Wojciechowski: the Giants won the world series because Barry Bonds was gone

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ESPN’s Gene Wojciechowski has made a mini-career out of moralizing about steroids in baseball.  Sure, lots of guys do that, but Wojciechowski isn’t exactly the straightest shooter in the bunch. Indeed, between Wojciechowski’s crocodile tears and his casual intellectual dishonesty, he’s basically the Glenn Beck of the steroids beat.

Once he beat up on steroids users, equating them with guys who gambled on baseball games and wondering why their punishments weren’t equal. What he didn’t do, however, was point out that there was, you know, an actual rule on the books specifying how gamblers shall be punished and there wasn’t one at the time about what to do with pre-testing steroids users. Oh, and in that same report he chastised Mark McGwire for not talking to the media when, in fact, McGwire had spent an entire week doing nothing but talking to the media, including Wojciechowski’s own ESPN colleagues.

Another time he waxed all emotional about how his trust will be betrayed and his innocence lost if he found out that Derek Jeter was found to be juicing because of the whole Yankee pride thing, without mentioning the fact that a whole bunch of Yankees were named in the Mitchell Report.  It was a dramatic tour de force. Really it was.

The latest entry on his big chalk board: the 2010 Giants would never have won the World Series if Barry Bonds was on the team:

Barry Bonds helped the San Francisco Giants win the World Series last season. And he could help them win it again this season.  How? Because he’s not a Giant anymore.  When Bonds and his toxic presence was finally removed by the hazmat people after the 2007 season, the Giants began to win more games. Not a lot at first, but enough to realize that Bonds’ forced departure was like an emergency tracheotomy on the franchise’s windpipe. The Giants could finally breathe again.

And it goes on and on like that, transitioning into a meditation on the Giants’ great team chemistry.

To which I’d ask: does Woj actually believe that Barry Bonds in his prime — and for that matter, Barry Bonds during his ascendancy or his decline — wouldn’t have done more to help the Giants win the World Series last year than Pat Burrell did with his 0 for 13 and 11K performance?  More generally, is it really Wojciechowski’s position that it was the existence of Barry Bonds that kept the Giants from winning the World Series between 1993 and 2007?  That, if all else were equal but Bonds gone, the Giants would have had more success, not less?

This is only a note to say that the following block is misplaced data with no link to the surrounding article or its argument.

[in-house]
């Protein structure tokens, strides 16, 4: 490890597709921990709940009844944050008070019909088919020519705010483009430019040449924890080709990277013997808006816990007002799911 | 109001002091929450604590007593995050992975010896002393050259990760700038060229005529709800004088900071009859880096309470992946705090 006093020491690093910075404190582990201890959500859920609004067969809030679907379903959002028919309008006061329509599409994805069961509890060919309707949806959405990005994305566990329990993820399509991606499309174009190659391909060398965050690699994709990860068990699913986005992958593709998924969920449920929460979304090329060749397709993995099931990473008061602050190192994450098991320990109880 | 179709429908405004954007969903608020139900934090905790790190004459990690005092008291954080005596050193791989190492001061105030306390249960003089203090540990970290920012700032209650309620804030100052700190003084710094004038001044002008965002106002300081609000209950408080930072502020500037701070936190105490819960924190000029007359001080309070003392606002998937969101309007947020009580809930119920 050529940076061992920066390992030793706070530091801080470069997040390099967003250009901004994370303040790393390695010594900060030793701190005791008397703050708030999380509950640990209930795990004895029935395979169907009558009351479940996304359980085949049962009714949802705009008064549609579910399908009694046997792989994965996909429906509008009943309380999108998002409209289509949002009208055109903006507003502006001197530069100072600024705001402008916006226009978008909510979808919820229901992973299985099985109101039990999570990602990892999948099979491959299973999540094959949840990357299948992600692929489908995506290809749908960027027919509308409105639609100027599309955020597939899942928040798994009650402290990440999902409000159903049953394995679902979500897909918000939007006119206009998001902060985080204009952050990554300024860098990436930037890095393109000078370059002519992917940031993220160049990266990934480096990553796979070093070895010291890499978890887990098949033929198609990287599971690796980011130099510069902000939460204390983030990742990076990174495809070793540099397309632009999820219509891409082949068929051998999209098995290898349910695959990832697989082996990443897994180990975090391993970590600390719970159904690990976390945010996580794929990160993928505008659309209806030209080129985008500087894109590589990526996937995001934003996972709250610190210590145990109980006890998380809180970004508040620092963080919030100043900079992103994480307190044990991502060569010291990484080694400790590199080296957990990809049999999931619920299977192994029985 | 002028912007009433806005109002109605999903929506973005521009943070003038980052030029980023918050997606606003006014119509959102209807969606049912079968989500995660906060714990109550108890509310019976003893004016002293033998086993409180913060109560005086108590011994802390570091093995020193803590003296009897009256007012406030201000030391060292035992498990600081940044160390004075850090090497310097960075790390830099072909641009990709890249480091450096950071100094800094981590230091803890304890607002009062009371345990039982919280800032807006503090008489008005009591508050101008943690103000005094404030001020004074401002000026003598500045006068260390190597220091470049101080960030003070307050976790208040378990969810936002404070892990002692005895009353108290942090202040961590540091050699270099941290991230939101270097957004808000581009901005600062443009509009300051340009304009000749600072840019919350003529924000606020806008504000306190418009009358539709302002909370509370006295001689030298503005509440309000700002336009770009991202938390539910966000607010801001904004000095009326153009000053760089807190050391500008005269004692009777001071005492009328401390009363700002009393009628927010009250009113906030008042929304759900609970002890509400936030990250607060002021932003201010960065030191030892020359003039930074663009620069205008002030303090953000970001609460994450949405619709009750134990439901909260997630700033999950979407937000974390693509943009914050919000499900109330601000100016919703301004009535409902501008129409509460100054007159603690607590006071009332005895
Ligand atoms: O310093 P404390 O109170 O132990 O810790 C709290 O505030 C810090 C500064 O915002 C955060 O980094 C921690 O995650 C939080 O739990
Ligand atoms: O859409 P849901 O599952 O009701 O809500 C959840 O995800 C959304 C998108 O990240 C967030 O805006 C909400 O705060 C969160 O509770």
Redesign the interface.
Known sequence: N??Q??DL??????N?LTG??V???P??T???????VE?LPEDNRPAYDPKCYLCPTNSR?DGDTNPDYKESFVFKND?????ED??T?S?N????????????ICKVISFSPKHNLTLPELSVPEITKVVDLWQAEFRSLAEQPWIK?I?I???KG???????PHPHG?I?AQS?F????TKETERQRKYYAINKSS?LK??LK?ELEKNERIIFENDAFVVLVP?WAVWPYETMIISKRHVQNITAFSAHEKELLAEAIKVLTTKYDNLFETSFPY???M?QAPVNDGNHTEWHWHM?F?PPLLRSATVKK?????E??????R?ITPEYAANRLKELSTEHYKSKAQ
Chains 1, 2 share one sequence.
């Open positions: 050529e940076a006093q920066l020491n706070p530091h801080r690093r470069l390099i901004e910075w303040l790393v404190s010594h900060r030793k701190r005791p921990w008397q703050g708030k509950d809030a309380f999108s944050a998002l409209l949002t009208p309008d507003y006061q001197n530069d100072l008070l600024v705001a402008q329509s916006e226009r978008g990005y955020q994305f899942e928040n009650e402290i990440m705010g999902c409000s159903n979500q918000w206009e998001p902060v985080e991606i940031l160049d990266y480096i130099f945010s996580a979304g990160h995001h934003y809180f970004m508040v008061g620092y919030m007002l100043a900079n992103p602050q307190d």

I get it: Wojciechowski hates Barry Bonds and everything he stood for. That’s great, because a lot of people do.  But it’s one thing to hate a guy and another to assert something as ridiculous as Barry Bonds presence actually hindered, rather than helped the Giants’ baseball performance. That’s simply ludicrous.

Report: Orioles expected to replace Buck Showalter

Buck Showalter
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Orioles manager Buck Showalter is not expected to retain his position with the club beyond the 2018 season, according to multiple reports from Jon Heyman of Fancred and Bob Nightengale of USA Today Sports. Nothing appears to be finalized just yet, however, and the Orioles have yet to address rumors of Showalter’s impending departure or news of a possible contract extension for general manager Dan Duquette.

Even so, it’s been a year of near-unprecedented disaster for the 62-year-old skipper, who helped lead the team to a 44-108 record prior to the outcome of Friday’s series opener against the Yankees. With the Orioles’ 108th loss — a 4-6 heartbreaker against the Blue Jays on Tuesday — they tied the 1937 St. Louis Browns for the second-most losses in a single season, eclipsed only by the 43-111 record of the 1939 Browns. As they have just 10 games remaining in the regular season, this year’s team has no chance of climbing out of last place in the AL East and may well finish with the worst record in the AL to boot.

While the Orioles’ missteps don’t bode well for Showalter’s future in Baltimore, he’s brought far more good than harm to the organization over the last eight and a half years. He assumed the managerial position from interim manager Juan Samuel in the middle of the team’s 2010 season and guided the club to five winning seasons and three postseason appearances in 2012, 2014, and 2016. Entering the 2018 season, his record sits at 666 wins and 677 losses, the winningest mark by any of the team’s skippers since Earl Weaver wrapped his 17-season run with the team in 1986. Whether the Orioles believe Showalter is capable of recovering from two consecutive losing seasons and returning the team to their former days of glory (and the occasional division title) remains to be seen, of course, though there’s plenty to recommend him as they prepare to advance a full-scale rebuild over the offseason.